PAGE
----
Plaintiffs’ expert failed to raise issue of fact in opposition to defendants’ showing that they timely performed fasciotomy and that infant-plaintiff had no damage for timing of procedure where expert misstated when infant was first diagnosed with compartment syndrome and gave only conclusory opinion on causation. J.G. v New York City Health & Hosps. Corp.
Condominium’s motion for summary judgment denied where it only provided proof of general cleaning principles and not last time icy walkway was cleaned or inspected. Carro v Colonial Woods Condominiums
Defendants’ motion for summary judgment on Labor Law §§240(1) and 241(6) denied where questions remained as to whether plaintiff was engaged in protected work under Labor Law and on Labor Law §200 and negligence claims for questions of whether defendants had control over plaintiff’s work. Ramirez v A.W.&S. Constr. Co., Inc.
Defendant’s successive motions to dismiss for lack of jurisdiction denied and plaintiff’s successive cross-motions to extend time to serve under CPLR 306-b granted where plaintiff made diligent efforts to initially serve Complaint at address defendant gave to police, showed he had a meritorious action, and quickly cross-moved to extend time to serve after expiration of statute of limitations. In defendants’ initial motion they gave a different address in New York, which was his most current address listed with DMV, but which was being demolished when plaintiff attempted service within the extended time to serve, and plaintiff further attempted personal service at Georgia address where defendant had admittedly lived, warranting denial of defendant’s second motion to dismiss and a further extension of 120-day period to serve the Complaint in the interest of justice. Defendants were not prejudiced by delay. Mighty v Deshommes
Defendant’s expert’s opinion that based on inspection of the elevator it would be impossible for elevator to freefall or speed up raised questions of fact on how accident occurred and application of res ipsa loquitor. Clear language of elevator service agreement entitled building owner to contractual indemnity from elevator servicer regardless of owner’s own negligence. Berra v CHSP 36th St. LLC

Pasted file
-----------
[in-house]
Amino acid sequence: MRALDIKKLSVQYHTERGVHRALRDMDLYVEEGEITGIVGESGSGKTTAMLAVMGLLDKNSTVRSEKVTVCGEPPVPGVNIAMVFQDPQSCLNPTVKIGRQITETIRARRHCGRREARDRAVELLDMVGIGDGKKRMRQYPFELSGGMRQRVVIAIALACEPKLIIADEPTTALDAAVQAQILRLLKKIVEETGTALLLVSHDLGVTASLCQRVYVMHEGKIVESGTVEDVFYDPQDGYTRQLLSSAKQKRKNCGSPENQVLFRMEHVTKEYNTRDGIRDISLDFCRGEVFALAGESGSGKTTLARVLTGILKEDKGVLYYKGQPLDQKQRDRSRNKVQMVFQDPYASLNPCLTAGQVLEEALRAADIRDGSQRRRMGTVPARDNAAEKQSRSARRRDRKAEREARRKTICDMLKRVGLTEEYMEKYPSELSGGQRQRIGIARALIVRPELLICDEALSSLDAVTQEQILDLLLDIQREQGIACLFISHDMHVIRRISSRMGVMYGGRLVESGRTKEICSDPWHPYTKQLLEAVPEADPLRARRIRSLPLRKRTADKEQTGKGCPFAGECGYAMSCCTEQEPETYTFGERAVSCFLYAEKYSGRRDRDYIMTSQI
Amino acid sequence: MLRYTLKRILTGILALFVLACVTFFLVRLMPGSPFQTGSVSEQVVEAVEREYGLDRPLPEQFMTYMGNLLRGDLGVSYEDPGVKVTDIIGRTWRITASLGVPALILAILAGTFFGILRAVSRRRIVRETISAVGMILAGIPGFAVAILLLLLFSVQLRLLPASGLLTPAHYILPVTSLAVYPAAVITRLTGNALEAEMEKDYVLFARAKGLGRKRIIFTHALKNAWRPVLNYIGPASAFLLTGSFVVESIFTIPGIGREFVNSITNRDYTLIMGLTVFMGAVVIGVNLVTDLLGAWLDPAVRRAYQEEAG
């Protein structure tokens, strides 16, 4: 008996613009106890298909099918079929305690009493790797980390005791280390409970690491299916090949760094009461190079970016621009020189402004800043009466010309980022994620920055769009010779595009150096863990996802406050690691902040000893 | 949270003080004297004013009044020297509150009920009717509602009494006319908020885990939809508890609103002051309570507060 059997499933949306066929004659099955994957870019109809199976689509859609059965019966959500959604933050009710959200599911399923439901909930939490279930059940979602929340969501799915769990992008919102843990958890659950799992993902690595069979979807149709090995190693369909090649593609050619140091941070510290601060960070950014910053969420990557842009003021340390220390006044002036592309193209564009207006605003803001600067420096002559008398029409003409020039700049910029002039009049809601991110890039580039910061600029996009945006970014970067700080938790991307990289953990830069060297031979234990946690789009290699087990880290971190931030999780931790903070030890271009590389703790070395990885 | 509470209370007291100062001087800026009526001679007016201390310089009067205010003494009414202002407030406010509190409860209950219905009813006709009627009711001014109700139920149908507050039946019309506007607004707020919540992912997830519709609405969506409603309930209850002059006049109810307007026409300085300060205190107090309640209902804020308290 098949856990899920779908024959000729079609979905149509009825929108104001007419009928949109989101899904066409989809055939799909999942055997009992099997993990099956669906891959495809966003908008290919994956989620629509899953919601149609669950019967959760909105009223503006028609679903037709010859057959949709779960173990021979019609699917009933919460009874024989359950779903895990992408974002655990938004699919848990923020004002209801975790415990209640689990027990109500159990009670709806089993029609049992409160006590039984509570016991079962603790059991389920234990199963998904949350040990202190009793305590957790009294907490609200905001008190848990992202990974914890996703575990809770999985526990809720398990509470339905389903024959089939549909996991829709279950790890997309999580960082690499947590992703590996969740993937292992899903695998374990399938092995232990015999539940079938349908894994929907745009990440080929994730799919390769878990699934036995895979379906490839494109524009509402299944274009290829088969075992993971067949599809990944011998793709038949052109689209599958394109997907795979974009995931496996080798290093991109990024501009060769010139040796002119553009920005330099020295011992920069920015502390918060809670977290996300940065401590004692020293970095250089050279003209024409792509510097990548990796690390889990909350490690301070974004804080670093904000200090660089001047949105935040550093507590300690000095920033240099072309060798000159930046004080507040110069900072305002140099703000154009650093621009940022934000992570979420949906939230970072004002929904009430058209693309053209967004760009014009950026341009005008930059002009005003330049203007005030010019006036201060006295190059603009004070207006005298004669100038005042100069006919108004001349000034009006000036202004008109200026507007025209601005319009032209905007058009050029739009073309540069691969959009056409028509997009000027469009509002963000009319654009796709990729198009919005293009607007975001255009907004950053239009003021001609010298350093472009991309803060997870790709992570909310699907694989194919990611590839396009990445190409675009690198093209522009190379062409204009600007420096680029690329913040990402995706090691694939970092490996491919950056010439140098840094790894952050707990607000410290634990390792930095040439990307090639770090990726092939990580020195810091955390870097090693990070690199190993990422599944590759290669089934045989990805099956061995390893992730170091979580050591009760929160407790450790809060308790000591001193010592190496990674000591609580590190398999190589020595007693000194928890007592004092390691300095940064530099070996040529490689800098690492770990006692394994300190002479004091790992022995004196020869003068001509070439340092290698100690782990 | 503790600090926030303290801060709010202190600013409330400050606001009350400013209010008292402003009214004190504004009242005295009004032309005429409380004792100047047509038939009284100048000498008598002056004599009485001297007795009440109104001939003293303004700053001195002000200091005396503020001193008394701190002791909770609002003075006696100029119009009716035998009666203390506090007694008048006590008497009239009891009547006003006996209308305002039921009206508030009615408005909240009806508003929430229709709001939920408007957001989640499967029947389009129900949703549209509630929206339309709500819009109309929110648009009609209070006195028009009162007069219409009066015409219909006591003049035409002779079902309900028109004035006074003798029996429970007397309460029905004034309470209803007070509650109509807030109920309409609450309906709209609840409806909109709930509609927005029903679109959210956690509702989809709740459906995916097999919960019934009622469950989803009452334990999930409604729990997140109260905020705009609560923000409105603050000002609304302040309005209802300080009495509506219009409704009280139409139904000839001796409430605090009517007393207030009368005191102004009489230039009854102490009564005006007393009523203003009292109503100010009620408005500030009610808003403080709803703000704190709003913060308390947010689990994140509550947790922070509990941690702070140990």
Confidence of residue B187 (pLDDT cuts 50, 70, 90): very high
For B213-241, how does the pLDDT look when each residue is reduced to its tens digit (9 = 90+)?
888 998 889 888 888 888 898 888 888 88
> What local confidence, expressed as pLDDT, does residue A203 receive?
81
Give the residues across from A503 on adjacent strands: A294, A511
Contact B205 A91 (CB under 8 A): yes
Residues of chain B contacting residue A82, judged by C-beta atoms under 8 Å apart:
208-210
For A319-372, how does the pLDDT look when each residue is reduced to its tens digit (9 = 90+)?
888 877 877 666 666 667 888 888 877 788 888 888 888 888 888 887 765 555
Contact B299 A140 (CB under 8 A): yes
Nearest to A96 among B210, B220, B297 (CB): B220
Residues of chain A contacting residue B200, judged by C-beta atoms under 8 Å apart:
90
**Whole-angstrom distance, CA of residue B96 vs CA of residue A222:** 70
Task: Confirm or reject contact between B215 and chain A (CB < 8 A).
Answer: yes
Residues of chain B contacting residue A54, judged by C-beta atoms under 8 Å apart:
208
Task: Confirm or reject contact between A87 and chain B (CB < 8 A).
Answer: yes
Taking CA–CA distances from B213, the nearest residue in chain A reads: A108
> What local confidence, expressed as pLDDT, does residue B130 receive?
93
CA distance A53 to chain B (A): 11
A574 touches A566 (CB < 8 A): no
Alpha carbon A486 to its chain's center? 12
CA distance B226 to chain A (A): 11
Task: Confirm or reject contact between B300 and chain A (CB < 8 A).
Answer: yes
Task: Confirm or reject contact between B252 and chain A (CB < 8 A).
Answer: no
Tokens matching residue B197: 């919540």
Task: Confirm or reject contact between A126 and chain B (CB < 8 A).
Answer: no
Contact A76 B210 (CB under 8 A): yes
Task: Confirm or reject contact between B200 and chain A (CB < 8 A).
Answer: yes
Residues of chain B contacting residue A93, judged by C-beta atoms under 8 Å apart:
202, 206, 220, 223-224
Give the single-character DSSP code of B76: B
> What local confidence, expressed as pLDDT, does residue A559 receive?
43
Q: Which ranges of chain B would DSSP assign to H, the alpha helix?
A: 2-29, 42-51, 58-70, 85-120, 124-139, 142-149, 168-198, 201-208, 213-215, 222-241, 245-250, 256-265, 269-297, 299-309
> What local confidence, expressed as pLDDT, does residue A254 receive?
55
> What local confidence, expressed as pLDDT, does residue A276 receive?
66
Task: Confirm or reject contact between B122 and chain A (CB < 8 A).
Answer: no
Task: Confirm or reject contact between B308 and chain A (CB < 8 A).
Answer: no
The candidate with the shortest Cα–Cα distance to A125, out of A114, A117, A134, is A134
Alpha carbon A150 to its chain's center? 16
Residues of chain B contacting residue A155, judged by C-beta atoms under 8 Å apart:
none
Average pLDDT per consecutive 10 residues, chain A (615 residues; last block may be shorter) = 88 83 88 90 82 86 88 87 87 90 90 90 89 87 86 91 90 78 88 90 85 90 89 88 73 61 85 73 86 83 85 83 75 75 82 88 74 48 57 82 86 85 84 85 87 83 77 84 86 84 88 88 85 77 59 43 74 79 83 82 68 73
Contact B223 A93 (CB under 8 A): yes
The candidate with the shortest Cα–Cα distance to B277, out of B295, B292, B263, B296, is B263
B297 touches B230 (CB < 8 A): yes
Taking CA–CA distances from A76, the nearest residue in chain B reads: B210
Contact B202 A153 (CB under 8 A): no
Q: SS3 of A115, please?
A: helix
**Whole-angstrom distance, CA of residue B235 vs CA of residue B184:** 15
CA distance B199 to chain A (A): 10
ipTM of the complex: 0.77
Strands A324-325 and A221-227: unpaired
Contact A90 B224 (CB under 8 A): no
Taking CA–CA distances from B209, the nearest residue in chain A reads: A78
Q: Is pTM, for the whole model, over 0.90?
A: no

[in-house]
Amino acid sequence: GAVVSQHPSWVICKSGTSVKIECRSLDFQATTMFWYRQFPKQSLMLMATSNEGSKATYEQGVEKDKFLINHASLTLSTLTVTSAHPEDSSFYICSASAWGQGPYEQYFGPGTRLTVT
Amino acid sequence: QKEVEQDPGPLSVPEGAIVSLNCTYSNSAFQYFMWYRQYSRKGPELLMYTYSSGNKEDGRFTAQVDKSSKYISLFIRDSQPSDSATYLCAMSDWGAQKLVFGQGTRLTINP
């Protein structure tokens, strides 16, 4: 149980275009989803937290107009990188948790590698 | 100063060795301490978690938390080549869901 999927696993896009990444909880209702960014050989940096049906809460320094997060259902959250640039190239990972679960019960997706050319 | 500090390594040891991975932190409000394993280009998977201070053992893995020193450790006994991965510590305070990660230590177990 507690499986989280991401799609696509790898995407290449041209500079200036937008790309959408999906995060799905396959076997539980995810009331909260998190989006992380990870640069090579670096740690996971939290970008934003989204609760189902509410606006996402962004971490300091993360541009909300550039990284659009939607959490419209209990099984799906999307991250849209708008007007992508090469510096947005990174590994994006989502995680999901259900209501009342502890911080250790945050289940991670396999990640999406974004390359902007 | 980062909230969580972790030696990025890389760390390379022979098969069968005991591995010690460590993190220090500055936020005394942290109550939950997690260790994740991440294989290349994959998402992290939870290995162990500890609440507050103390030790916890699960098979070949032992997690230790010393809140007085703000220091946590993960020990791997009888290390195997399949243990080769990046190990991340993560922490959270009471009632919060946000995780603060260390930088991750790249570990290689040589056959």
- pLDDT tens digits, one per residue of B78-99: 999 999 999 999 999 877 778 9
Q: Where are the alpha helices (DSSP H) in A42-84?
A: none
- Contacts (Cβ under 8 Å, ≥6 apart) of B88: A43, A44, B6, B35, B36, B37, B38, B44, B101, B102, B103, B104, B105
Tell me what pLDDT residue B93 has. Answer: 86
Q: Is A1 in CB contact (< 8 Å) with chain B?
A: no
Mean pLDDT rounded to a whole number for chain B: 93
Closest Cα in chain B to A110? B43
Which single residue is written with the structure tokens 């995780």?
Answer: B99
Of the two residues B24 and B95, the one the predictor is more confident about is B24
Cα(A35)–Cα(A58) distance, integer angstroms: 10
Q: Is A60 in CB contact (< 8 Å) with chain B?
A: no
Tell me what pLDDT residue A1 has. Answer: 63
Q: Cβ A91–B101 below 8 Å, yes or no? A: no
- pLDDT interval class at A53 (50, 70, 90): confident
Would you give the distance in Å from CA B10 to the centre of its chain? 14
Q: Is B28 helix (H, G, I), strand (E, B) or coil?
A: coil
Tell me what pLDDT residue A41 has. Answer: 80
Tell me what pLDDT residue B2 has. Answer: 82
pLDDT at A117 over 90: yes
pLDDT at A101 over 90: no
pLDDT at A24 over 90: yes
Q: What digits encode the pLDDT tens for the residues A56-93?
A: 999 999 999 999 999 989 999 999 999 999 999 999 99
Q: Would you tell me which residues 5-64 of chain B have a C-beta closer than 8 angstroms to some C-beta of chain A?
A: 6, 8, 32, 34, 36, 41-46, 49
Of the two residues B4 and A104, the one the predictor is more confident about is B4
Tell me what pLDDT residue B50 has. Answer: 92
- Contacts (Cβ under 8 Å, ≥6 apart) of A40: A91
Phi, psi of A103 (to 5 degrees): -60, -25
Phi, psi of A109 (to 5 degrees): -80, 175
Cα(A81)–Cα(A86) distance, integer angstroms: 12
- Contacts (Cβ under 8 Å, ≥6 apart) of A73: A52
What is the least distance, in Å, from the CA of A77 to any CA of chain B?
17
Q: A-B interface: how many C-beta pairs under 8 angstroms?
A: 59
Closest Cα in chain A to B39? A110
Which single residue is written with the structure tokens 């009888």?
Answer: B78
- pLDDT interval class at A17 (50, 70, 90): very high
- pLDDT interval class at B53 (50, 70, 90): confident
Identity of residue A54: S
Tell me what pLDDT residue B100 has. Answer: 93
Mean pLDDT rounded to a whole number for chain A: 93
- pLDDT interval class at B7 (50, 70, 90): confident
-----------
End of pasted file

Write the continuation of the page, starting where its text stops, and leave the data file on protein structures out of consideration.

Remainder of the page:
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Carrier’s motion for declaration it was not required to indemnify insured for lack of cooperation denied where carrier showed it made diligent efforts, including letters, telephone calls, and visits to the insured to have it appear for deposition, but failed to meet the high burden of showing that insured’s attitude was of willful and avowed obstruction. Since carrier could not show this element of its claim, motion for default also denied. Foddrell v Utica First Ins. Co.
Plaintiff granted summary judgment on proof that security gate was negligently operated by defendant security company employee causing it to fall on plaintiff. The court does not give the details of the proofs. Tatom v Andrews Intl., Inc.
Plaintiff made out prima facie entitlement to summary judgment by her affidavit stating that defendant struck her car in the rear while she was stopped but defendant raised question of fact on a nonnegligent explanation in opposition. The court does not give the details of the defendants’ proof. Clements v Giatas
Defendants’ motions for summary judgment on serious injury, originally granted, denied on reargument where they failed to eliminate all questions of fact as to whether alleged injuries of the multiple plaintiffs met serious injury threshold. The court does not give the details of the proofs. Mobley v Foster Phillips Funeral Home, Inc.